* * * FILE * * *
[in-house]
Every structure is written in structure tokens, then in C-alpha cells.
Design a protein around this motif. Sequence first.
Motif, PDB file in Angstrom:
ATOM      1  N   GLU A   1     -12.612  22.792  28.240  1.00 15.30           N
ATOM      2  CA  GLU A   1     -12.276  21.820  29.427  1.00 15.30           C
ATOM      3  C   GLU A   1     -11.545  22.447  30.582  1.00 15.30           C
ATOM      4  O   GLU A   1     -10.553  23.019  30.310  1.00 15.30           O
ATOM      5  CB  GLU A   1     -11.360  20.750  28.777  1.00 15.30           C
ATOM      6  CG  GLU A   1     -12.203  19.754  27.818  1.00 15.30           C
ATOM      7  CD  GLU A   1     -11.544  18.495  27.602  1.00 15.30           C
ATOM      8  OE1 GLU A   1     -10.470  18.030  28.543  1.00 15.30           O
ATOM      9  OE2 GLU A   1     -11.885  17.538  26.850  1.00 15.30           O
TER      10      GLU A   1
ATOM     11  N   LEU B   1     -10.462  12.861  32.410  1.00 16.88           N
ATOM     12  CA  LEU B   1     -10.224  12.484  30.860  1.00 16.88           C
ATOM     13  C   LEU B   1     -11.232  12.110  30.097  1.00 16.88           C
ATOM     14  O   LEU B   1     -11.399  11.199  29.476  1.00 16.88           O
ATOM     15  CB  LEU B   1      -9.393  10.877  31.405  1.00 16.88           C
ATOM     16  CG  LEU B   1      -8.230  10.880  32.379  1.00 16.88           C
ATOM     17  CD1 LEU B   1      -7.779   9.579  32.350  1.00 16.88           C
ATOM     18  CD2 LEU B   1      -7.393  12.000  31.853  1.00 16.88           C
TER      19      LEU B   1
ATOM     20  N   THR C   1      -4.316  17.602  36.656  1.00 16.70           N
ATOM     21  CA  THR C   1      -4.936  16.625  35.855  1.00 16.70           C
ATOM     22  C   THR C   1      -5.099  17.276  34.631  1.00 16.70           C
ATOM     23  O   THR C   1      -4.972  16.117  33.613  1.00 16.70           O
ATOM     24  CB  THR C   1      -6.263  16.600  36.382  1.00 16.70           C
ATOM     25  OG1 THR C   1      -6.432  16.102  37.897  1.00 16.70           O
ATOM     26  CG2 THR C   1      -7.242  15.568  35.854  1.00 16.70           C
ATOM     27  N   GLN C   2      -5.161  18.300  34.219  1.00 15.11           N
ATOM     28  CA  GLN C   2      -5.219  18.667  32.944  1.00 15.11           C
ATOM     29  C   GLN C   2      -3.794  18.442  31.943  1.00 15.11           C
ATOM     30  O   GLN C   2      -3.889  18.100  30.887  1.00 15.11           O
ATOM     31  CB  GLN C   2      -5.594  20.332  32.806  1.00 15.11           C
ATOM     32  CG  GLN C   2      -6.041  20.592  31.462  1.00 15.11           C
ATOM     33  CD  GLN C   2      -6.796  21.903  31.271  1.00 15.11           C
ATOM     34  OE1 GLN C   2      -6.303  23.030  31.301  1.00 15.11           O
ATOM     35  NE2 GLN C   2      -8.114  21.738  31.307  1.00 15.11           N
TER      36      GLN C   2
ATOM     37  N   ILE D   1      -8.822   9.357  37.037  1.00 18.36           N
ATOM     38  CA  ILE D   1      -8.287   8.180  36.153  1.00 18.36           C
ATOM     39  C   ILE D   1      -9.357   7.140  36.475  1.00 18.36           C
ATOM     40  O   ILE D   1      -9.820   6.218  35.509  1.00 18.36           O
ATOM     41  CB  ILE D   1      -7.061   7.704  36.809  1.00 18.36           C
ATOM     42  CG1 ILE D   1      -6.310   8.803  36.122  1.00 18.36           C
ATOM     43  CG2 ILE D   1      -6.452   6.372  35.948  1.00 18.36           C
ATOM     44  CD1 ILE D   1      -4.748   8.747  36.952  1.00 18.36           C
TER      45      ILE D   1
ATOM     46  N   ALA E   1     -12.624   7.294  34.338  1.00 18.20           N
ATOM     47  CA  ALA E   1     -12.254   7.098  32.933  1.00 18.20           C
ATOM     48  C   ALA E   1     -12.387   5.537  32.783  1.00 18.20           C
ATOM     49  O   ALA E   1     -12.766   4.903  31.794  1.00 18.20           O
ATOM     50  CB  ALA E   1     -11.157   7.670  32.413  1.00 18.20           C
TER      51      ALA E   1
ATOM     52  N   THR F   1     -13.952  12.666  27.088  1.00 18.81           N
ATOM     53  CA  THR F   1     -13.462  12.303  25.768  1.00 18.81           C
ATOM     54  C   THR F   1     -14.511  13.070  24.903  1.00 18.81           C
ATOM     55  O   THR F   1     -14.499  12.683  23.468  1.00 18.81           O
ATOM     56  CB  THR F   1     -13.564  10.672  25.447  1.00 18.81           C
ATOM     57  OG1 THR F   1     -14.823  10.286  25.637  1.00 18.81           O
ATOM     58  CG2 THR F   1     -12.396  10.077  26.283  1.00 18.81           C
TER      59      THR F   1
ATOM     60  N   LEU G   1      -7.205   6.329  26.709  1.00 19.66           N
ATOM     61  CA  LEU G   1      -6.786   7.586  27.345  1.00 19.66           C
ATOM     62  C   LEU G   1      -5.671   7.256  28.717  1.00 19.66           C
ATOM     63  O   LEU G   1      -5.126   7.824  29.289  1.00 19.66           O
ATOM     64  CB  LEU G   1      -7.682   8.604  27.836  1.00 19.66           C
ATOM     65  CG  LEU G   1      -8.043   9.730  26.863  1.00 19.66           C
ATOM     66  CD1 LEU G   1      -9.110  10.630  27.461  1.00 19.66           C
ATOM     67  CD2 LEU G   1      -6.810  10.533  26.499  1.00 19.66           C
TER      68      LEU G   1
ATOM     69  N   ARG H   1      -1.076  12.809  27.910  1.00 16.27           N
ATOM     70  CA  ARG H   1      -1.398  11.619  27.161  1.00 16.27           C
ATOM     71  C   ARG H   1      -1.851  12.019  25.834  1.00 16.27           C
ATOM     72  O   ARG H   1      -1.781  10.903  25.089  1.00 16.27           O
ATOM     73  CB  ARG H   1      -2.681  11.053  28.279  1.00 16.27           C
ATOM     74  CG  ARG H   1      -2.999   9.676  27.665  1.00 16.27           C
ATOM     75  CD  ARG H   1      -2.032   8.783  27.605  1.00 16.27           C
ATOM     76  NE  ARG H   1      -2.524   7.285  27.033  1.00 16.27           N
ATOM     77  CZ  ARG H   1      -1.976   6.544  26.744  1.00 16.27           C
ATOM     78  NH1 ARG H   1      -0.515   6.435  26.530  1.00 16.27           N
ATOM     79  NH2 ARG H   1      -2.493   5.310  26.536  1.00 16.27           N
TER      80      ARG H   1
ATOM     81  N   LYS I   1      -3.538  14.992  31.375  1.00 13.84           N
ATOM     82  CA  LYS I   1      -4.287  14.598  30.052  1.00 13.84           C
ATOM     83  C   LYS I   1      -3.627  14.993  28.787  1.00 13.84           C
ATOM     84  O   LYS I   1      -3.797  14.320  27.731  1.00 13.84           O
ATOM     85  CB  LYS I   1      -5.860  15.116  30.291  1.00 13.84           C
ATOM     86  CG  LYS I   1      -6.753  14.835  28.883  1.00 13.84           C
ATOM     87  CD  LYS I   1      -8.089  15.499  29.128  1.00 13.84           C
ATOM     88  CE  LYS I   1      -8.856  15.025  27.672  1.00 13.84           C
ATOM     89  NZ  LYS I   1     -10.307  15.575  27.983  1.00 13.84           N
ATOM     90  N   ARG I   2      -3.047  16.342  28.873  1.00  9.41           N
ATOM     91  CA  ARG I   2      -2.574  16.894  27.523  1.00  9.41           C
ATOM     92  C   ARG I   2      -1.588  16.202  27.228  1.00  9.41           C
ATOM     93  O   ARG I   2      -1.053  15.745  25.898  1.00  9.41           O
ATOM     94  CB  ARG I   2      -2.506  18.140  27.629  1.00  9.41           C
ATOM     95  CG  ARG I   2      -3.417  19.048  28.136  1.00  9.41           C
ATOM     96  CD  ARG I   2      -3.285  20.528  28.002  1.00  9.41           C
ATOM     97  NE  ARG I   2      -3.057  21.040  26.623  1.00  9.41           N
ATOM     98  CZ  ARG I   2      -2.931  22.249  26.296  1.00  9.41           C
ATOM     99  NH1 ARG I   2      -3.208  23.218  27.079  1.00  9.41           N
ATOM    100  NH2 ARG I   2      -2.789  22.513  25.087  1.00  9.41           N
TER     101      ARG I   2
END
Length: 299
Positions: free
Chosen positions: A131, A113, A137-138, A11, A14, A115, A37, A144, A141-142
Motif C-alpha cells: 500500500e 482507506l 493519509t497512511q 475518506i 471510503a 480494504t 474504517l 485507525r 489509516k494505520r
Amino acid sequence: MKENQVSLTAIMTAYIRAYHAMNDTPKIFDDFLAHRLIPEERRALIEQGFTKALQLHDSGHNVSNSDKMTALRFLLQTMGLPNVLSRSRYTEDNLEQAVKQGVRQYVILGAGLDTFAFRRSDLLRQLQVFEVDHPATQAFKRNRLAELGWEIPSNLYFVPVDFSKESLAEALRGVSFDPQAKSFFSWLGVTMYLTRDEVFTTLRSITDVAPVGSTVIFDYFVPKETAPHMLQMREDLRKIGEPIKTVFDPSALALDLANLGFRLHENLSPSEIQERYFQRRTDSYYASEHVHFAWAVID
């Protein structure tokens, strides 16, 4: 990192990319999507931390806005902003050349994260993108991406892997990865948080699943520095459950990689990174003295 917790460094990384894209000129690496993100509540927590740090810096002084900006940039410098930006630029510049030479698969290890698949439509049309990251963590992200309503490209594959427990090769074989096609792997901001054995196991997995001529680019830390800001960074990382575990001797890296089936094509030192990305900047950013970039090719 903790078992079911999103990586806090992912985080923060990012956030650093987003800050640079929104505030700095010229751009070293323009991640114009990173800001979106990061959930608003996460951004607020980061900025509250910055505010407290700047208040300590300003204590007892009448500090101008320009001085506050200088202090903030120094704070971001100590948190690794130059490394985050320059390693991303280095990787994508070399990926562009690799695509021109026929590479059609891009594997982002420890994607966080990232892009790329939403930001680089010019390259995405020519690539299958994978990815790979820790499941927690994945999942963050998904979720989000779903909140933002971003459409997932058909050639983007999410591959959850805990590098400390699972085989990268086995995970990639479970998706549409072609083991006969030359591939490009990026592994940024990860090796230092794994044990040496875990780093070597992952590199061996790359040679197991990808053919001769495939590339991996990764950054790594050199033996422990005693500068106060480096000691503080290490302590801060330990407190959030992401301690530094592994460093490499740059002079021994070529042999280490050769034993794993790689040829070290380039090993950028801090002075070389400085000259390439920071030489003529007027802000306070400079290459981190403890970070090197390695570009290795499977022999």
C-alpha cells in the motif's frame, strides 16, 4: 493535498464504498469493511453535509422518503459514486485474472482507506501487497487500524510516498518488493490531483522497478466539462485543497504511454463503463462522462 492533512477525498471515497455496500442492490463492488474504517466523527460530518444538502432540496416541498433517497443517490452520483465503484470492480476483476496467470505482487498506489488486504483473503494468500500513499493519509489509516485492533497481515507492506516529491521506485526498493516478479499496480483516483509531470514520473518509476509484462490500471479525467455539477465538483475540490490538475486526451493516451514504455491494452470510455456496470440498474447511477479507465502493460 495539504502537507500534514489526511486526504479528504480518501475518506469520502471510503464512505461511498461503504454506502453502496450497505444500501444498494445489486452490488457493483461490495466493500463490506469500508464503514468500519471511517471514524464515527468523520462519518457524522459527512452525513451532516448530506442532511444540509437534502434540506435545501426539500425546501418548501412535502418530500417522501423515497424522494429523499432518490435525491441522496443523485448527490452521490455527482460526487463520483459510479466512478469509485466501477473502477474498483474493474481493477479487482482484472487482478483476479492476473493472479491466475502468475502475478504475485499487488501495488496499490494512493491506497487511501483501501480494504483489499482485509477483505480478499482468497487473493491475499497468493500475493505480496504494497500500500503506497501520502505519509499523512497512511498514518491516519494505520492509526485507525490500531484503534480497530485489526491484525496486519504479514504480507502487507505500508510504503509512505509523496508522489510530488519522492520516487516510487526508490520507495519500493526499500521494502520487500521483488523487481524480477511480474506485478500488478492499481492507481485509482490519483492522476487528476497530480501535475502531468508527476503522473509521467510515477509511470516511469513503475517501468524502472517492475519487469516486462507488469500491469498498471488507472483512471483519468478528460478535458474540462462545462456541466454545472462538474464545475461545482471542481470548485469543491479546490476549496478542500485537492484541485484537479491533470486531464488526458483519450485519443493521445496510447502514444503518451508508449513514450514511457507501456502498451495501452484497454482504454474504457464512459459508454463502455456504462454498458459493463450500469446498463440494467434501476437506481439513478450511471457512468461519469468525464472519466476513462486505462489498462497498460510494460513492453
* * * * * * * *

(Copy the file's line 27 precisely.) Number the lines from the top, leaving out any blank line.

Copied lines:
ATOM     23  O   THR C   1      -4.972  16.117  33.613  1.00 16.70           O